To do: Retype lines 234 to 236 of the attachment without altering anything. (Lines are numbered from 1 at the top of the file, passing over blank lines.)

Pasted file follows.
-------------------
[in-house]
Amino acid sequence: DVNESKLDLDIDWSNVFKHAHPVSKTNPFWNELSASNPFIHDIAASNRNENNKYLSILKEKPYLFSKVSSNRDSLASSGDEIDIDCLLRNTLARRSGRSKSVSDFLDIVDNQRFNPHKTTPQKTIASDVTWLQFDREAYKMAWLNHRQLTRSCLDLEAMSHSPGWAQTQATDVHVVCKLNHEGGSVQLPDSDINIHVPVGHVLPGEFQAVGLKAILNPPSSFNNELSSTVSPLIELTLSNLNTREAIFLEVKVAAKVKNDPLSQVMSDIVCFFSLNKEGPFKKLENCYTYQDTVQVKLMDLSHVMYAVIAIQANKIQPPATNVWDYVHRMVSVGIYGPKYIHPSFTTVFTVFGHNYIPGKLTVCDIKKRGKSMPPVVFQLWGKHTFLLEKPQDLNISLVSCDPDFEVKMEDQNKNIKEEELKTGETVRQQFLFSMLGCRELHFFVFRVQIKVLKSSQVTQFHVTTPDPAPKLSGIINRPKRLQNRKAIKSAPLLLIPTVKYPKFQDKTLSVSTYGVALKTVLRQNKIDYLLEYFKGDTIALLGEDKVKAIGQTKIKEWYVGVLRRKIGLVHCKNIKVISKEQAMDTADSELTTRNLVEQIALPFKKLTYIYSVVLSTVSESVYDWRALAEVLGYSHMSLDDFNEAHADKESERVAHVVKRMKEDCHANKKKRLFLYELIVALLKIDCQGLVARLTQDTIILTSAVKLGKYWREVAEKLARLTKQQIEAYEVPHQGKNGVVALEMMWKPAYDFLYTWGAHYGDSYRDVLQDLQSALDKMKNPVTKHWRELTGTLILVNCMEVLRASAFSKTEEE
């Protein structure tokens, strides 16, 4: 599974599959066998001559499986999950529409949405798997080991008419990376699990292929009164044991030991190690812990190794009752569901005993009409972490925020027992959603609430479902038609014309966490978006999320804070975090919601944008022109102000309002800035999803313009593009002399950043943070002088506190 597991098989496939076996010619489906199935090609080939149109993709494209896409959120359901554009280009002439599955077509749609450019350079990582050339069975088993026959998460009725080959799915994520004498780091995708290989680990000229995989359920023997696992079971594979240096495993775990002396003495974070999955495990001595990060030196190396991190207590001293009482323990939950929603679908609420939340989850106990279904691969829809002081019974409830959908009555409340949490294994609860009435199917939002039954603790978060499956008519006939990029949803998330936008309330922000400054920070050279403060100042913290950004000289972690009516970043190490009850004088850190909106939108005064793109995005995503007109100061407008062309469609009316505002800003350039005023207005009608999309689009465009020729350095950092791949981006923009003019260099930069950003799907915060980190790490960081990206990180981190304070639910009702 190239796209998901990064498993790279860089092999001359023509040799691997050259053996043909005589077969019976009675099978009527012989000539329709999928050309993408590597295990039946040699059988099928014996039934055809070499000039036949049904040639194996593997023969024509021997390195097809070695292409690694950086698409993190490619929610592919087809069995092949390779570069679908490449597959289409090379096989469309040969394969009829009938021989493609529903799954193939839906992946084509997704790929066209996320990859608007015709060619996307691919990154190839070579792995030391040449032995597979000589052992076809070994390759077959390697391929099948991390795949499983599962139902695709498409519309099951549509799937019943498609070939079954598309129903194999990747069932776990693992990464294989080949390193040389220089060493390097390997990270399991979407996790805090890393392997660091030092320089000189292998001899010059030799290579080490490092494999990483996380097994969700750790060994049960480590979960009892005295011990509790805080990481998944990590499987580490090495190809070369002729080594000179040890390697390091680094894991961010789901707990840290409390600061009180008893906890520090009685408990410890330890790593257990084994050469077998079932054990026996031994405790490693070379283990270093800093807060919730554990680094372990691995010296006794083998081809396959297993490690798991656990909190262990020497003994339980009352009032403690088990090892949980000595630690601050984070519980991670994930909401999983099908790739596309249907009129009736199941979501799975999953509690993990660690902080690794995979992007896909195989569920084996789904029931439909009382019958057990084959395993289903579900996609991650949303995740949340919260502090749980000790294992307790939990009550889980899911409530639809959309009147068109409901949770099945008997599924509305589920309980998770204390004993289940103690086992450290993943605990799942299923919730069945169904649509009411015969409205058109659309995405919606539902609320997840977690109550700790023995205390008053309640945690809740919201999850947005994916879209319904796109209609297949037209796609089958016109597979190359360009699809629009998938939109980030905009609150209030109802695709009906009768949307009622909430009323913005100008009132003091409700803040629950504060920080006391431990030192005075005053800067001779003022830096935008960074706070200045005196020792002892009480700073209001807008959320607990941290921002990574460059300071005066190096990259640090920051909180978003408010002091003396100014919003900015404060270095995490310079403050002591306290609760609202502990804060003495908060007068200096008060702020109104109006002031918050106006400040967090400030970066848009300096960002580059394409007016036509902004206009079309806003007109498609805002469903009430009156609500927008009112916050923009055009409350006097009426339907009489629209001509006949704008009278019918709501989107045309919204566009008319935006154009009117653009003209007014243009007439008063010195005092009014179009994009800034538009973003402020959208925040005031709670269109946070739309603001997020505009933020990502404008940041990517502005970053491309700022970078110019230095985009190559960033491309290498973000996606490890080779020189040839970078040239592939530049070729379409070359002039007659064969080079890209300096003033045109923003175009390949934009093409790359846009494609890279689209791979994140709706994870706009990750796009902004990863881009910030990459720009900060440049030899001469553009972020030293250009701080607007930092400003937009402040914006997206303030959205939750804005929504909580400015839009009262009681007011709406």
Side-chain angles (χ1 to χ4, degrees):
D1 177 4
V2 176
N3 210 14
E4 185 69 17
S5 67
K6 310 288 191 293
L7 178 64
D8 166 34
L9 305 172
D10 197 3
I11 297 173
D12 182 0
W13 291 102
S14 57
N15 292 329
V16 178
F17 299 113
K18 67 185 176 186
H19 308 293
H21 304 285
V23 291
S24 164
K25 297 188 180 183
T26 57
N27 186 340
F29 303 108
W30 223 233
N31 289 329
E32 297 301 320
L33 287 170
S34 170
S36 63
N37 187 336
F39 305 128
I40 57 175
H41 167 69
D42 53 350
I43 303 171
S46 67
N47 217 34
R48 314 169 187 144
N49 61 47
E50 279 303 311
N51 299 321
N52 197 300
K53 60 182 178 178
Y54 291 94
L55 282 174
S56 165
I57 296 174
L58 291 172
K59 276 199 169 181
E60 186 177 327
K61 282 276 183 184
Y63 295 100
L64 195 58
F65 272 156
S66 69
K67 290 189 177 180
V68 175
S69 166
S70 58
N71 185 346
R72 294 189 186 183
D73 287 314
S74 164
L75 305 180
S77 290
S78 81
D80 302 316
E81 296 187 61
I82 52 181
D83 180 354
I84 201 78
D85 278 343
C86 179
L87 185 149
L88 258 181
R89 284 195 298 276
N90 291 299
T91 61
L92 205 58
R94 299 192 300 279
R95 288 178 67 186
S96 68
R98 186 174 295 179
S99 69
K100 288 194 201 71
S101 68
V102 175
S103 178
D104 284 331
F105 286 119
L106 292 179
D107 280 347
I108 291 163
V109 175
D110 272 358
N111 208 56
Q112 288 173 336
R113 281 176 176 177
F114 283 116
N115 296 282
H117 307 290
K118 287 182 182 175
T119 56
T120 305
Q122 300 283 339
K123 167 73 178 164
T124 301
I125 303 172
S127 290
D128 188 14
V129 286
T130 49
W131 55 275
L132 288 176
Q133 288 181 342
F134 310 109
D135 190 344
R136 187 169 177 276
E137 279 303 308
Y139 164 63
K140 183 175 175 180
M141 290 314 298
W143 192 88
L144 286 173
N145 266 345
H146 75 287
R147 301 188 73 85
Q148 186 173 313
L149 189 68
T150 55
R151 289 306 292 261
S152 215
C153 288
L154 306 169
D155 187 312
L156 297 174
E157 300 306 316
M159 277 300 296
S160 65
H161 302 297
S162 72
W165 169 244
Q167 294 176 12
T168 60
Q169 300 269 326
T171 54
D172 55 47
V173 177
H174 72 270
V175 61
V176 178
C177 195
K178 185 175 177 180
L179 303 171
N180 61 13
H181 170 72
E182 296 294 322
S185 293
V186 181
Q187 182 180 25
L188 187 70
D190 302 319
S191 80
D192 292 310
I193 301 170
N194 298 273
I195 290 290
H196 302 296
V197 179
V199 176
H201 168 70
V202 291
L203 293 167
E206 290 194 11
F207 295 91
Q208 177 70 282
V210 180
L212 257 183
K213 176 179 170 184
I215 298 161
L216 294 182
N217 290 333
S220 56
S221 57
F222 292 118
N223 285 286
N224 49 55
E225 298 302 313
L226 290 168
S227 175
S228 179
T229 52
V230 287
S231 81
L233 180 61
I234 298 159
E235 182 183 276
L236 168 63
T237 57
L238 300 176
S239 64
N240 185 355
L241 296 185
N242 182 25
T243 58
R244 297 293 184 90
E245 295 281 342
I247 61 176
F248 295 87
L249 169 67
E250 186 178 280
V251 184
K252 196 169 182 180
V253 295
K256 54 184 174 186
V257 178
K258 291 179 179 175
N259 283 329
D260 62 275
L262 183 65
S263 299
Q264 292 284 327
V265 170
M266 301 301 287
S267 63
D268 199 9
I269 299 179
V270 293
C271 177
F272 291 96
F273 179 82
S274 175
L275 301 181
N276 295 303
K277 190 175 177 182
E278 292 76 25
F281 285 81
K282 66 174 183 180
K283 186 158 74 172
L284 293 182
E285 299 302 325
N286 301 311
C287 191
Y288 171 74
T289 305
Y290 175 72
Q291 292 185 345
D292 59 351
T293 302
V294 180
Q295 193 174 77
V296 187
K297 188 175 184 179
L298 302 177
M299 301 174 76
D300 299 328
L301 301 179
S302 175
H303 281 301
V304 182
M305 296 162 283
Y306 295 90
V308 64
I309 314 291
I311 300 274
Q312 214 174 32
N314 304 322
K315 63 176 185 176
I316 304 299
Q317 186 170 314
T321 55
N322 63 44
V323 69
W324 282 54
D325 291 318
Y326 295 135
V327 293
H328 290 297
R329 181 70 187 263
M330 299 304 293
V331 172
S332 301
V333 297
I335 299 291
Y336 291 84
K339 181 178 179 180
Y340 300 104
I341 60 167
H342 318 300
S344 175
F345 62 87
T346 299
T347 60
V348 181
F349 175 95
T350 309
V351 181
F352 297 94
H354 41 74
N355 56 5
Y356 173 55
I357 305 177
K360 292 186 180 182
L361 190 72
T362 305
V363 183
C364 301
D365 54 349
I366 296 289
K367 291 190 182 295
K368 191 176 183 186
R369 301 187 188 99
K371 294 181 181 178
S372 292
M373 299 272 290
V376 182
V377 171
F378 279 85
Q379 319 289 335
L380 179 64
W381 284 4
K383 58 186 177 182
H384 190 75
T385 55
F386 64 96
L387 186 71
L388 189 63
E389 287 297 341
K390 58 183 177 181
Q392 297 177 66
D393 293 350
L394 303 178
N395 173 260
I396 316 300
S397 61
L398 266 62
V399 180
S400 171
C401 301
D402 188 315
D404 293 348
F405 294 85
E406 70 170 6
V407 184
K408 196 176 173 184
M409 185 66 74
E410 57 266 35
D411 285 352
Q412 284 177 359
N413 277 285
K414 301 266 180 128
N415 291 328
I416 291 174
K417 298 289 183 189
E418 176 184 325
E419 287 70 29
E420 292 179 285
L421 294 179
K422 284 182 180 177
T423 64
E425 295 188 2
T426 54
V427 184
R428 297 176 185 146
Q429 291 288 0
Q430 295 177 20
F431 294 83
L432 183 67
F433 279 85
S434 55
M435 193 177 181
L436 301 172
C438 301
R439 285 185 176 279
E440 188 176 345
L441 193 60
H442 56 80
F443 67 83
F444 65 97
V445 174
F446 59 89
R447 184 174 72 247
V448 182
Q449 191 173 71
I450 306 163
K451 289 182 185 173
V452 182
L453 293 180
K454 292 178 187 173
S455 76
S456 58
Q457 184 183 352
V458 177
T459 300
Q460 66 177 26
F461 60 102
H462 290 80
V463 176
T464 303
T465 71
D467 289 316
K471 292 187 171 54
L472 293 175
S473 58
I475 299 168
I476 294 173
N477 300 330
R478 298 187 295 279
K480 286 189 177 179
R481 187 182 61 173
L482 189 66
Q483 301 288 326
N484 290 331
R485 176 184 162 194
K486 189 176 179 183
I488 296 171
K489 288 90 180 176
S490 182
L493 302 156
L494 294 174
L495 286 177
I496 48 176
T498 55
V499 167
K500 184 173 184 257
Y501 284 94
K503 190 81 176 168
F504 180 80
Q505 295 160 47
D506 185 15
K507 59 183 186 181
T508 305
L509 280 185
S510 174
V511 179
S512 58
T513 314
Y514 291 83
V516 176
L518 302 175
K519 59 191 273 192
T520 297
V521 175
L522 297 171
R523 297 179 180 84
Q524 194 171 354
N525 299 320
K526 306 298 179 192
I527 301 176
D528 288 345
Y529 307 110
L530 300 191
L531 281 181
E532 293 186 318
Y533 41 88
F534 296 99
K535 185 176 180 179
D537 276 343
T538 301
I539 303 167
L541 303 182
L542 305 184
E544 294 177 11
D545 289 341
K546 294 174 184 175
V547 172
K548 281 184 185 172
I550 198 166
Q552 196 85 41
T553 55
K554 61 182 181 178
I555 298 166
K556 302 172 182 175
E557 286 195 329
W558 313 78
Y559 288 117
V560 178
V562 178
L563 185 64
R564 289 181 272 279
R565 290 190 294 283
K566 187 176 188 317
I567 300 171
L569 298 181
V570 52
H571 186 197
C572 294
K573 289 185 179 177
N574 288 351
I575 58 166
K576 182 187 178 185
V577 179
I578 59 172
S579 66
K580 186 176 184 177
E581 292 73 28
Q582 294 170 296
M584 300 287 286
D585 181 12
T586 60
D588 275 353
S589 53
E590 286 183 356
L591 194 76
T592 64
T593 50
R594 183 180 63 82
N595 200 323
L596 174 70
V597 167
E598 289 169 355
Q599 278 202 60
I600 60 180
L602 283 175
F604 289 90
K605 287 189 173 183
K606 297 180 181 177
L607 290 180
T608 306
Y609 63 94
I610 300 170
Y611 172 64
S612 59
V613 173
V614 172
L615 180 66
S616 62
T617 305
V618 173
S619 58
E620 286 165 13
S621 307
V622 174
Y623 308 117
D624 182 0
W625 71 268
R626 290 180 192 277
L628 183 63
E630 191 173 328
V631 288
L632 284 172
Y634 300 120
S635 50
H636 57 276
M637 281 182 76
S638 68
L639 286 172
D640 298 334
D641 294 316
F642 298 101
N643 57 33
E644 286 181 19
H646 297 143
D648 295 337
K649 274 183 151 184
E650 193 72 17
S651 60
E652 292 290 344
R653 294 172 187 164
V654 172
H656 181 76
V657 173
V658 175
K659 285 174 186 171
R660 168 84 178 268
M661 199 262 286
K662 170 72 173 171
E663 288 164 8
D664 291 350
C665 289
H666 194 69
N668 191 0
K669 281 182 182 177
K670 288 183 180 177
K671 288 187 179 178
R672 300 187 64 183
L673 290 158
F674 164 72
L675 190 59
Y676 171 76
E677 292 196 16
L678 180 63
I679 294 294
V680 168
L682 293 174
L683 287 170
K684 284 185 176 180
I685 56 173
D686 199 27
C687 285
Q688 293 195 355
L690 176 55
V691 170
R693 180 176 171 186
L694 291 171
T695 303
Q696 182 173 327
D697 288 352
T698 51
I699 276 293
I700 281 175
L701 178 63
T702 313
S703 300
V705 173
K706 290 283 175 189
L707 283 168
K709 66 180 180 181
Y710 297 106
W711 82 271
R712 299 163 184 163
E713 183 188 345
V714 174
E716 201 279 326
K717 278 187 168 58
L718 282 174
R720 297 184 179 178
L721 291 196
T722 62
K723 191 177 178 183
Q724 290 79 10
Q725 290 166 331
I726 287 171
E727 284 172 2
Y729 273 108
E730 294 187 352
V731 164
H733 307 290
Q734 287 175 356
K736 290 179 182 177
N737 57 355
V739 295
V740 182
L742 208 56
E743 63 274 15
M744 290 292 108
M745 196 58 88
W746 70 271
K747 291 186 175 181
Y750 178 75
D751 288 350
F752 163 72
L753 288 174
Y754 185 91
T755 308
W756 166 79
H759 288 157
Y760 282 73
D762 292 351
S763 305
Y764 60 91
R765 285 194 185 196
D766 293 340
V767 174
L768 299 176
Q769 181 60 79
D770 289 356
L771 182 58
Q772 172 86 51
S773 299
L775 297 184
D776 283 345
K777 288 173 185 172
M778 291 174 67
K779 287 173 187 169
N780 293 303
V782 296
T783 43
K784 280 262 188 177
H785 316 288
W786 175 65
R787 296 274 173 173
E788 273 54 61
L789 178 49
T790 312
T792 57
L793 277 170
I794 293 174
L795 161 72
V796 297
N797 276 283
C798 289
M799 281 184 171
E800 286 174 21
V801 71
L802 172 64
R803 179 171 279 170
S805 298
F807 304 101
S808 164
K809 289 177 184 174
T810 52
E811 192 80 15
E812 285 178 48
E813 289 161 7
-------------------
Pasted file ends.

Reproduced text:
I269 299 179
V270 293
C271 177